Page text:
and play one's cards close to one's vest; keep one's cards close to one's chest; keep one's cards close to one's vest
Fig. to keep to oneself or be very cautious in one's dealing with people. (As if one were playing cards and not permitting anyone to see any of the cards.) He is very cautious. He plays his cards close to his chest. You seem to be playing your cards close to your vest.
See also: card, chest, close, play

put hair on someone's chest

Fig. to do or take something to invigorate or energize someone, always a male, except in jest. Here, have a drink of this stuff! It'll put hair on your chest. That stuff is powerful. It will really put hair on your chest.
See also: chest, hair, on, put

off one's chest, get

Relieve one's mind by confessing or saying something that has been repressed. For example, I've got to get this off my chest-I can't stand his parents, or He admitted taking the dollar and said he was glad to get it off his chest. This expression uses chest for the seat of the emotions. [c. 1900]
See also: get, off

play it close to one's chest

Be secretive or cautious, give nothing away, as in We've no idea how many tickets they sold; they play it close to their chests. This expression, which is also put as play one's cards close to one's chest, alludes to holding one's cards up against one's chest, so that no one else can see them. [Slang; mid-1900s]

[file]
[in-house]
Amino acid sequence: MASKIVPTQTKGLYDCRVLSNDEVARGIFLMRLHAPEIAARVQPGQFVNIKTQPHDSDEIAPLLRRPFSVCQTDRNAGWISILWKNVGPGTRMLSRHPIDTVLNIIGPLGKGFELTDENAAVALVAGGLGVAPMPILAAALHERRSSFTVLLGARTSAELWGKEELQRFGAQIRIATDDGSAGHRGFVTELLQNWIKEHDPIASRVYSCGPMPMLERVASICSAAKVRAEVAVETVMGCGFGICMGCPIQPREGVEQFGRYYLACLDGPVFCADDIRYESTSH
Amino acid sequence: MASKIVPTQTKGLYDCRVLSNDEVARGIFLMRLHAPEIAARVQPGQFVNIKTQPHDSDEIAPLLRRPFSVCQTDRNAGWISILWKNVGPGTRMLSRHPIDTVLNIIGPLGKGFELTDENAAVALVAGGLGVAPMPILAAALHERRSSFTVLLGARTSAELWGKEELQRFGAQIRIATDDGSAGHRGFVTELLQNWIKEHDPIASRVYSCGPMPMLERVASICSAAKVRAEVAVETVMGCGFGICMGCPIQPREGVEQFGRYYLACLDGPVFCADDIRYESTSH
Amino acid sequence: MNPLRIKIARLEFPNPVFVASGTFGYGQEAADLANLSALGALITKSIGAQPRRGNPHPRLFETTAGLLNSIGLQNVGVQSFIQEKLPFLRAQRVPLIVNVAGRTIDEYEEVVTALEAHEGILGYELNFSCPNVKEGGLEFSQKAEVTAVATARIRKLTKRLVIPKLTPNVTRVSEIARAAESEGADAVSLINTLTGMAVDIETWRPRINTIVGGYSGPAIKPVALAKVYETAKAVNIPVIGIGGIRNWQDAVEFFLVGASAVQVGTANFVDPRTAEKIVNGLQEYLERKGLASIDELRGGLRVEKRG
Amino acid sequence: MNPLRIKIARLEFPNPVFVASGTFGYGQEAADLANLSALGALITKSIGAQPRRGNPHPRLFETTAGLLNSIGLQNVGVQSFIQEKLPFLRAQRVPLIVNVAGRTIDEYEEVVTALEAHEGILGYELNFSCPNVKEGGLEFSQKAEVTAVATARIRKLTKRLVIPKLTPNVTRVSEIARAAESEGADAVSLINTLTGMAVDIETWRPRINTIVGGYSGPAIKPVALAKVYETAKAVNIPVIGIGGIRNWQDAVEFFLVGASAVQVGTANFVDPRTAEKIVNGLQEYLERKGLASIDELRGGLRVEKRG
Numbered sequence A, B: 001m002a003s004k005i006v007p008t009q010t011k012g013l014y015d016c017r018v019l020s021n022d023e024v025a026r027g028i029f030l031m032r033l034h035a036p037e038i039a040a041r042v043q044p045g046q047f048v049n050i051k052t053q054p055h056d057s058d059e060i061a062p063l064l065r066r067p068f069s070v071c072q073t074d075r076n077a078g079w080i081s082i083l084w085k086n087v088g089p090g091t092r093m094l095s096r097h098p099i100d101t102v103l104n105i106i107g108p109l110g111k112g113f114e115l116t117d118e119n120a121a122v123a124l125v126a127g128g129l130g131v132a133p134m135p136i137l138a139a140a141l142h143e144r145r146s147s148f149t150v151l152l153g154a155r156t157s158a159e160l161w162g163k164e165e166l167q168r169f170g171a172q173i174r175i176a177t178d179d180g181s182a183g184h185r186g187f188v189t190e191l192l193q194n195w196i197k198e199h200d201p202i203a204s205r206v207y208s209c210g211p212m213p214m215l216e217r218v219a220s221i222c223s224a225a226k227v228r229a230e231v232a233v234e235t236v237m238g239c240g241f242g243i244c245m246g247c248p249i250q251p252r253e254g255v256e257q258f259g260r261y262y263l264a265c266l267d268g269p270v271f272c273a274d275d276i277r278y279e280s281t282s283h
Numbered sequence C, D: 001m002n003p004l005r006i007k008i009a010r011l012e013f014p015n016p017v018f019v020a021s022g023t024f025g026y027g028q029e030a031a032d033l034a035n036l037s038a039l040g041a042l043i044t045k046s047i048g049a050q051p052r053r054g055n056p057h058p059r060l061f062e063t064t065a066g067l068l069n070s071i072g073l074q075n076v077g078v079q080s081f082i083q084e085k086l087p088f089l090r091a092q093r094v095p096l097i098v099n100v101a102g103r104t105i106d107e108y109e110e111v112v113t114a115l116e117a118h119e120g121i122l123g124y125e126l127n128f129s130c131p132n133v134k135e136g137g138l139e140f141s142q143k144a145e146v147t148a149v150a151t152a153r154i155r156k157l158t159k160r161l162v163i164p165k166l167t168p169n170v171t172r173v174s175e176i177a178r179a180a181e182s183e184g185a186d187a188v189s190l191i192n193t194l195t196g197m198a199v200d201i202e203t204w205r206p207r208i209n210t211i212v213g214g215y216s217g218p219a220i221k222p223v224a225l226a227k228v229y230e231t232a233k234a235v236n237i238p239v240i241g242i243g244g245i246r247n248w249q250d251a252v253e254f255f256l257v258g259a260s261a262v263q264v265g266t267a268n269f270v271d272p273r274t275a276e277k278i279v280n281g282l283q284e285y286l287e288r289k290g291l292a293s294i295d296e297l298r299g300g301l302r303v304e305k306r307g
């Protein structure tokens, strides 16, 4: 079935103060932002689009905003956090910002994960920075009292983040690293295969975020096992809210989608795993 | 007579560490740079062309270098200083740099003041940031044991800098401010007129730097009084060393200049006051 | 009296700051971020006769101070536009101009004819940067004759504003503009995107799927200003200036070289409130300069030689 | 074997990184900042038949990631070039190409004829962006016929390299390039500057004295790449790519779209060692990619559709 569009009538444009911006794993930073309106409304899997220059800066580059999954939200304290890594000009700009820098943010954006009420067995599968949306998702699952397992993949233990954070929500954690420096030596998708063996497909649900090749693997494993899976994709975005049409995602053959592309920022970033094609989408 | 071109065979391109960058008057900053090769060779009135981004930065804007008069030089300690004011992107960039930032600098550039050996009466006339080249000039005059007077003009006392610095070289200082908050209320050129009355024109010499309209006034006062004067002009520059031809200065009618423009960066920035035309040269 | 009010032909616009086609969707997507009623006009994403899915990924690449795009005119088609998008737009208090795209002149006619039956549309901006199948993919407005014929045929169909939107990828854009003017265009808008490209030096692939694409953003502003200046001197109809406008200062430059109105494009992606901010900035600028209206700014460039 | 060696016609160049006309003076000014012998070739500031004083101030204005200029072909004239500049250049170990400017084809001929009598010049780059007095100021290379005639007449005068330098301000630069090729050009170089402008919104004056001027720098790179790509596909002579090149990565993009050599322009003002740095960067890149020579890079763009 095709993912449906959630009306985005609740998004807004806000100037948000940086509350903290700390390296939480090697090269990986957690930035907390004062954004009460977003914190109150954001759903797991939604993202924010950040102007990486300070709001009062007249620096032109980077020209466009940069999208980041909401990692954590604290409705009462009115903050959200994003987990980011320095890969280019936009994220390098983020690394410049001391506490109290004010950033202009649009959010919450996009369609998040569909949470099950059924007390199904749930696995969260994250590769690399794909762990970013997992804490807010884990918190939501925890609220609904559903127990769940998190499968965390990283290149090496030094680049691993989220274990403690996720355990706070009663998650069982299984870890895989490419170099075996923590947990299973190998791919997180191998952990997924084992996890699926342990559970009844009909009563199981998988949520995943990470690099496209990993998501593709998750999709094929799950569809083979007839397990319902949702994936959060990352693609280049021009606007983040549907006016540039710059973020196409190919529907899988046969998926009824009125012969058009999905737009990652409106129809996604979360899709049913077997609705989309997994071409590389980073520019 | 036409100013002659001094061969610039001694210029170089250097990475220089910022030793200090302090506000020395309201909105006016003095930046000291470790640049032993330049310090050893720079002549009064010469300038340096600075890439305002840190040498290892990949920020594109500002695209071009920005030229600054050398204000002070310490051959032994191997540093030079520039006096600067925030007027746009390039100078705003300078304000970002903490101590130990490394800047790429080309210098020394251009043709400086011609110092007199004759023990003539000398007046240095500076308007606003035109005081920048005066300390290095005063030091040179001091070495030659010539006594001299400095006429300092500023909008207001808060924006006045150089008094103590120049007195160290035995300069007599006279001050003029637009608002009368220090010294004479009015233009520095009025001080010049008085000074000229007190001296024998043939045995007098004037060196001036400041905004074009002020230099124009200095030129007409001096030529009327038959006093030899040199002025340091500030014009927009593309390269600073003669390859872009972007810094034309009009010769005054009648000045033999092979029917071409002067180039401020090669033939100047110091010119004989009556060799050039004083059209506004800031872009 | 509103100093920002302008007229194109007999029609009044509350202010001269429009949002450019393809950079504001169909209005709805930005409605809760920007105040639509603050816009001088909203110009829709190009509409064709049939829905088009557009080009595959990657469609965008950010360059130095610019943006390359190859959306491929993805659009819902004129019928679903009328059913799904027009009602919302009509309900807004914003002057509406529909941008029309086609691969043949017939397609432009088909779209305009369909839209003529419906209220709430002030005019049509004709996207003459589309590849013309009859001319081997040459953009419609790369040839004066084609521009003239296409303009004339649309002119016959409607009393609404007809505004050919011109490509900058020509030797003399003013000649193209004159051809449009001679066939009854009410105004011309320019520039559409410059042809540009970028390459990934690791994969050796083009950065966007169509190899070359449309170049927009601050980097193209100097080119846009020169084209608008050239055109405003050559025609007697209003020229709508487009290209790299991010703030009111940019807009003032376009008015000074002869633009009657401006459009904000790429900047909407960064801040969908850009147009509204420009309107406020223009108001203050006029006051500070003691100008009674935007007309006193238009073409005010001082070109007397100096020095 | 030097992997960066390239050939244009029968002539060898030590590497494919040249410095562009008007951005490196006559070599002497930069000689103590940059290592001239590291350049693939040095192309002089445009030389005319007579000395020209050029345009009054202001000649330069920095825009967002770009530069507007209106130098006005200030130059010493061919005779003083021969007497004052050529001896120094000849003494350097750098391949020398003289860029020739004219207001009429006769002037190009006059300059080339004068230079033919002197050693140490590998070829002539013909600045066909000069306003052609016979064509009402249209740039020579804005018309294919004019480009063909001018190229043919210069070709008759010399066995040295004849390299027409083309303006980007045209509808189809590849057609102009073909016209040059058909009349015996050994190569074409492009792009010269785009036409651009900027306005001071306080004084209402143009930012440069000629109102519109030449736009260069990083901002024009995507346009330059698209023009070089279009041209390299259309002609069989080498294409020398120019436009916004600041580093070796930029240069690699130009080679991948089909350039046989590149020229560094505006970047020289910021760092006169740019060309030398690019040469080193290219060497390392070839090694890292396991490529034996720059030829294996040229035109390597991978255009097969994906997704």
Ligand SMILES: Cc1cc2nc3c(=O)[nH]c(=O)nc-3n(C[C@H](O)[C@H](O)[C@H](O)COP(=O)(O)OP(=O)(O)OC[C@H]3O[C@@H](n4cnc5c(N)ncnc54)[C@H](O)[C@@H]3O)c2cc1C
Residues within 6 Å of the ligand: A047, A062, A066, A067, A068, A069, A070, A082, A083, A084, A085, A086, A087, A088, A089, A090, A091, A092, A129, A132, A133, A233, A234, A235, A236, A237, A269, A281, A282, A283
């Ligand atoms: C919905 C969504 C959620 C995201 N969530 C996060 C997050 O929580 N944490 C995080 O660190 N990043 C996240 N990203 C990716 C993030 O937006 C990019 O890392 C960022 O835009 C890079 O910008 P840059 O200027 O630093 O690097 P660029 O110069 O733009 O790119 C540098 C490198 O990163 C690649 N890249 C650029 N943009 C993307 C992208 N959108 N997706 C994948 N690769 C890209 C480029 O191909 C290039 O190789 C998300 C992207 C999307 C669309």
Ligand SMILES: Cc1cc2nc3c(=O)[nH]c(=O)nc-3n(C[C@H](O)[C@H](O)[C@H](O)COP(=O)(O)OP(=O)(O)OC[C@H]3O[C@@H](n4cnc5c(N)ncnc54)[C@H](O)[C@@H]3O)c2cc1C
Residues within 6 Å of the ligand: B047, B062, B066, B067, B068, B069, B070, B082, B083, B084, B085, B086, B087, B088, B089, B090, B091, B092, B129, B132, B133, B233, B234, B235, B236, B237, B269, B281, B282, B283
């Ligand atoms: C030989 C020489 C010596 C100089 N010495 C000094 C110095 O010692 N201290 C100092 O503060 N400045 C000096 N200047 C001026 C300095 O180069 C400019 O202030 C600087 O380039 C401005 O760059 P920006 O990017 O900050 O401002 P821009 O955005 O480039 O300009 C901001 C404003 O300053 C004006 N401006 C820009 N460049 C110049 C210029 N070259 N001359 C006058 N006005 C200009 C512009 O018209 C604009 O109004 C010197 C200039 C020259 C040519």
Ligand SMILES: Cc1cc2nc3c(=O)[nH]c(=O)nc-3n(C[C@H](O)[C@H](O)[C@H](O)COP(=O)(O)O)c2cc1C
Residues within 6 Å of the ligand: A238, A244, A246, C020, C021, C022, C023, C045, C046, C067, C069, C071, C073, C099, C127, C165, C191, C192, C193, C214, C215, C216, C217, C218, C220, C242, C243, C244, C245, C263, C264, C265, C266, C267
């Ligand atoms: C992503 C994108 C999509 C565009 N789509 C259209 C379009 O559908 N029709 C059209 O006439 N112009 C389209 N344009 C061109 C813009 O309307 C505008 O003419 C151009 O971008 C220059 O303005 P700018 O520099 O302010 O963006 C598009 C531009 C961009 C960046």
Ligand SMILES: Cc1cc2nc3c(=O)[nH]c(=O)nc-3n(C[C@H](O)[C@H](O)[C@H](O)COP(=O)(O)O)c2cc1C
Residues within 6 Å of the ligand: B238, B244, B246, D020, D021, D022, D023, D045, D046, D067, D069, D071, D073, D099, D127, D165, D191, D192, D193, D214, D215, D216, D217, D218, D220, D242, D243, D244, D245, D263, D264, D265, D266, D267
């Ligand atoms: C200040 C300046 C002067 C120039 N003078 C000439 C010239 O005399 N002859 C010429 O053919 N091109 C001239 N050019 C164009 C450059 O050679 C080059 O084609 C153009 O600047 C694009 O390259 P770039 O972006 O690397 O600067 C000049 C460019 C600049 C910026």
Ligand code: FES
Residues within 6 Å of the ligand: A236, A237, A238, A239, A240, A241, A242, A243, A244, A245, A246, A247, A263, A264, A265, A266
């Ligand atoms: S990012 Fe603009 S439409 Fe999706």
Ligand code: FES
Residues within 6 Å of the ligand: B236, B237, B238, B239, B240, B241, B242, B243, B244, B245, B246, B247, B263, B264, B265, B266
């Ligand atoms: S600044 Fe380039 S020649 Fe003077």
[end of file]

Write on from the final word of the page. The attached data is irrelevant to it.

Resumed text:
See also: chest, close, play

put lead in one's pencil

Enhance or restore sexual vigor, as in Try one of these hot peppers; that'll put lead in your pencil. This phrase, a euphemism for causing an erection, is considered far more vulgar than the contemporary synonym put hair on one's chest, alluding to a secondary male sex characteristic. [Colloquial; c. 1900]
See also: lead, pencil, put

beat your breast

or

beat your chest

COMMON If someone beats their breast or beats their chest, they publicly show regret or anger about something that has happened. At this month's meeting of the party's Central Committee, the party leader beat his breast with ritual self-criticism. Why don't you both stop beating your chests and do something productive? Note: You can describe the action of doing this as breast-beating or chest-beating. His breast-beating on behalf of the working classes always seemed false to me. Note: You usually use these expressions to suggest that the person is not being sincere but is trying to draw attention to himself or herself.